By Mark L. Blackman: On the night of Wednesday, October 21, the Fantastic Fiction at KGB reading series in a pre-Halloween event featured horror writers Joe Hill and Laird Barron. In its new normal (or abnormal), with the Series’ longtime venue, the KGB Bar in Manhattan’s East Village shut down due to the pandemic (though it’s starting to reopen with limited capacity), for the eighth time, the presentation was livestreamed on YouTube. (Hill called the Bar “one of my New York City happy places.” Missing the full KGB Bar experience, I considered climbing several flights of stairs before logging on.)
As the evening began, Hill and Barron schmoozed with co-hosts Ellen Datlow (who has been hosting these readings for 20 years) and Matthew Kressel about everything from what they were and weren’t drinking (Madeira is too sweet), masks and pizza breath, candied bacon (a mix of sweet and savory), and that no one liked getting apples or food trick or treating. Kressel relayed that the evening was sponsored by Tor’s Nightfire line (and not by Jeffrey Toobin), then introduced the first reader.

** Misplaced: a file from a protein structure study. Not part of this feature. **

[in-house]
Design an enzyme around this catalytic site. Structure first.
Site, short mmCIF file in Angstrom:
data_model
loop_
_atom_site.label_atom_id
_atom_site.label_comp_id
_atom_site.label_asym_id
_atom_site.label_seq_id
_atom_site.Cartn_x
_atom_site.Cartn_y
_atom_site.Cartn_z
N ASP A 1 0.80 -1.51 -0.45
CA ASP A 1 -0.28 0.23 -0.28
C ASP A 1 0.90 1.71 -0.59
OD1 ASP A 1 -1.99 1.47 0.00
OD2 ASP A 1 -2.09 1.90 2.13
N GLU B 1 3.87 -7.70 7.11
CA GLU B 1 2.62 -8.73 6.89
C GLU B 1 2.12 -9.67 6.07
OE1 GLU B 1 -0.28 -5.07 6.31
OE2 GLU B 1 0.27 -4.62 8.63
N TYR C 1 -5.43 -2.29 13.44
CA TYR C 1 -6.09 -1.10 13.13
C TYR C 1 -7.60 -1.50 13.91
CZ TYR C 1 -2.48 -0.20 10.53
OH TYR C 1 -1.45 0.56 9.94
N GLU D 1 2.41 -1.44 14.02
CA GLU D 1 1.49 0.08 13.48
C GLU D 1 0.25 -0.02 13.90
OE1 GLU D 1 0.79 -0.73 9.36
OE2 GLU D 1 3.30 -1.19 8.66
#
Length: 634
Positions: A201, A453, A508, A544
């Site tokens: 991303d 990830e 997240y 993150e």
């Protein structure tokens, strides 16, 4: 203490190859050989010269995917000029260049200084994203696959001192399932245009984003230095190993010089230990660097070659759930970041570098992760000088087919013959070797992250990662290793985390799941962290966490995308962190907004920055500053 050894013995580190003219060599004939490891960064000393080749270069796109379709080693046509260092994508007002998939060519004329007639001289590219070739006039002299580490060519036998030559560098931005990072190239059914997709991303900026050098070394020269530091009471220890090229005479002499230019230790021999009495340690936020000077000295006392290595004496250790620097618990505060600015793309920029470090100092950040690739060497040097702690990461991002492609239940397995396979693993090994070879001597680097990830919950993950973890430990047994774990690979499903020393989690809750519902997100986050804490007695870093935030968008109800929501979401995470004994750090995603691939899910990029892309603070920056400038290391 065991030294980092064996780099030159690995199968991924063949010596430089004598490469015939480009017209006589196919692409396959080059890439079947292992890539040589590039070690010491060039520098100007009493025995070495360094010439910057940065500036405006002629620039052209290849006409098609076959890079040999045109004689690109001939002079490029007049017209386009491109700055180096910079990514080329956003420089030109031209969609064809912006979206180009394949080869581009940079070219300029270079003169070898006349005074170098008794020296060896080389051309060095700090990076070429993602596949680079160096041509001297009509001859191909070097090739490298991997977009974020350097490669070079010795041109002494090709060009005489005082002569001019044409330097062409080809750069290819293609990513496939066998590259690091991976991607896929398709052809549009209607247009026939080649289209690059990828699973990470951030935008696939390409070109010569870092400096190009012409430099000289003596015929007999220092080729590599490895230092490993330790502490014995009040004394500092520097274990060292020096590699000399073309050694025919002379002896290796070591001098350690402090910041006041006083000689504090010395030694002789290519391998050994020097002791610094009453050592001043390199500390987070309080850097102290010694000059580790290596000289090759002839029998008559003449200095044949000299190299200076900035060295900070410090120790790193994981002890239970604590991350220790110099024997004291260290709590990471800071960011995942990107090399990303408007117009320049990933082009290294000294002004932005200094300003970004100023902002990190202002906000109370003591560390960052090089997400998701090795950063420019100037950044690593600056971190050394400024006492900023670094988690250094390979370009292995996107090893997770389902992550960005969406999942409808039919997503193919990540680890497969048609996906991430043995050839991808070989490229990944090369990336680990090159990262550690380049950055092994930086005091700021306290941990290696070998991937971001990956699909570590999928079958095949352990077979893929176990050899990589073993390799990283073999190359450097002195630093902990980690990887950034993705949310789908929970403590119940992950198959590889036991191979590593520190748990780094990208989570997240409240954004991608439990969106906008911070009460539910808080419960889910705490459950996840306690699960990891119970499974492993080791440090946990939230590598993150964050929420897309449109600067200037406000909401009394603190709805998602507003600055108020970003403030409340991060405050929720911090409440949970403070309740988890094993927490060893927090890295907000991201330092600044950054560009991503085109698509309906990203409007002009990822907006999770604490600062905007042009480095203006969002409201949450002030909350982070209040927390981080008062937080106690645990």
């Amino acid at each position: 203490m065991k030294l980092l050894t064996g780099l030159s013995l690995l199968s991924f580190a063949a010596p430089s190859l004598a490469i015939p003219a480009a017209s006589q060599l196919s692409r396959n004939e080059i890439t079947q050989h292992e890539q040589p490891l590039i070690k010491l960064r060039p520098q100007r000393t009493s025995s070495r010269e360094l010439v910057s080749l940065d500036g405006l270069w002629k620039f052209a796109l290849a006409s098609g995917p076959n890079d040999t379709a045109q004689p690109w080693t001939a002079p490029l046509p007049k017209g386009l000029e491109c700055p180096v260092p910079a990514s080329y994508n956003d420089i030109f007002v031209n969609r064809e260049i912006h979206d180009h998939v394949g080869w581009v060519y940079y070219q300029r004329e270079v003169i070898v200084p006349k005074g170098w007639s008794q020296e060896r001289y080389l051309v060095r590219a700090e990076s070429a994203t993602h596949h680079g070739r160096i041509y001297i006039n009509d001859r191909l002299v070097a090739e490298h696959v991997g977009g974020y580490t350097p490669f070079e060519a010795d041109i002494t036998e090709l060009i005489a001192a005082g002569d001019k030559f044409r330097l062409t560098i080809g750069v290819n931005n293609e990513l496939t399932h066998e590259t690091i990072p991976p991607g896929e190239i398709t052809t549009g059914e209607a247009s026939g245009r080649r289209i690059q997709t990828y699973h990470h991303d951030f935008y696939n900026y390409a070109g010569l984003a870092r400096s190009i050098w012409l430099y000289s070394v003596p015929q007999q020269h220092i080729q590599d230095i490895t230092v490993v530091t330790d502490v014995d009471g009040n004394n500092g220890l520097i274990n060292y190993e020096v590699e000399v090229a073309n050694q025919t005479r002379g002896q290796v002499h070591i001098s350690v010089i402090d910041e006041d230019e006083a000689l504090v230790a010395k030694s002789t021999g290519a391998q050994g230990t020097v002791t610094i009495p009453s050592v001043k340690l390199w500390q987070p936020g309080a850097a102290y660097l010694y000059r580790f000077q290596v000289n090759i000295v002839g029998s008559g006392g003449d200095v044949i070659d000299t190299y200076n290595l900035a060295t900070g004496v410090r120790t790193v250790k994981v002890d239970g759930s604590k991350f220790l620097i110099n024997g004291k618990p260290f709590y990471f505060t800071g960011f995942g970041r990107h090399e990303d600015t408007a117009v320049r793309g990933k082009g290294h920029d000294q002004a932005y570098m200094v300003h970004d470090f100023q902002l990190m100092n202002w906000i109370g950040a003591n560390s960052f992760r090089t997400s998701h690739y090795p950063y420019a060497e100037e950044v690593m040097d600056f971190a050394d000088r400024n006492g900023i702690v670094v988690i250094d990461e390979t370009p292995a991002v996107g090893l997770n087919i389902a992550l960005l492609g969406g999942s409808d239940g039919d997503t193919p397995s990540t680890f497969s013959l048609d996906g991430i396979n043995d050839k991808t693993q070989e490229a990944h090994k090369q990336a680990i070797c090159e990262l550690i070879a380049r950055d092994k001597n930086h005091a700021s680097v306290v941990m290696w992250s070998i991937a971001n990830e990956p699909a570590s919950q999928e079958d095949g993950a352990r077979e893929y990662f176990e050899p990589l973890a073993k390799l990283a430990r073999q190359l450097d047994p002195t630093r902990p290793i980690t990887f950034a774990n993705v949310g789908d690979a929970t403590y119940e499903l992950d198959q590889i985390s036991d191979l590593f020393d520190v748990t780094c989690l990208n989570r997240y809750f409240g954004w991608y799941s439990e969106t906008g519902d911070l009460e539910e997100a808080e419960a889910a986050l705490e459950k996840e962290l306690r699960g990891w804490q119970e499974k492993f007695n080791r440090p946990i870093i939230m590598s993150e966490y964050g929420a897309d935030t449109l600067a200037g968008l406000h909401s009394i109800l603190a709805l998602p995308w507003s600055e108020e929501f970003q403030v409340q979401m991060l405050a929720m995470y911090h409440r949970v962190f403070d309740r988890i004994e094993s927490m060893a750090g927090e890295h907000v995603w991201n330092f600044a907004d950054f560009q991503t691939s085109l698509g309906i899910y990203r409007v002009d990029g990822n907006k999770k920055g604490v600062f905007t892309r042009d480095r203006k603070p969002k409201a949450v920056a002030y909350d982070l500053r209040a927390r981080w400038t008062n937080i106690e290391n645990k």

Laird Barron is the author of several books, including The Beautiful Thing That Awaits Us All, Swift to Chase and Worse Angels., and short fiction that has appeared in many magazines and anthologies, “stories about the evil that men do.” He spent his early years in Alaska and currently resides in the Rondout Valley in upstate New York. His reading selection was “Lorn,” a work in progress set in the wilderness around a dying town (“Lorn” is all that remained on its sign), which he began with a caution that it was “R-rated” and included animal violence. “Animals can be murderers,” he said, and related a true story about a Husky serial killer that had slaughtered sled dogs. Two brothers, Paul and Casey Arnaz, are recruited by an old buddy to hunt a predator killing the area’s pets; it could be a late eccentric’s menagerie on the loose or “local yokels who’ve gone back to the old ways.”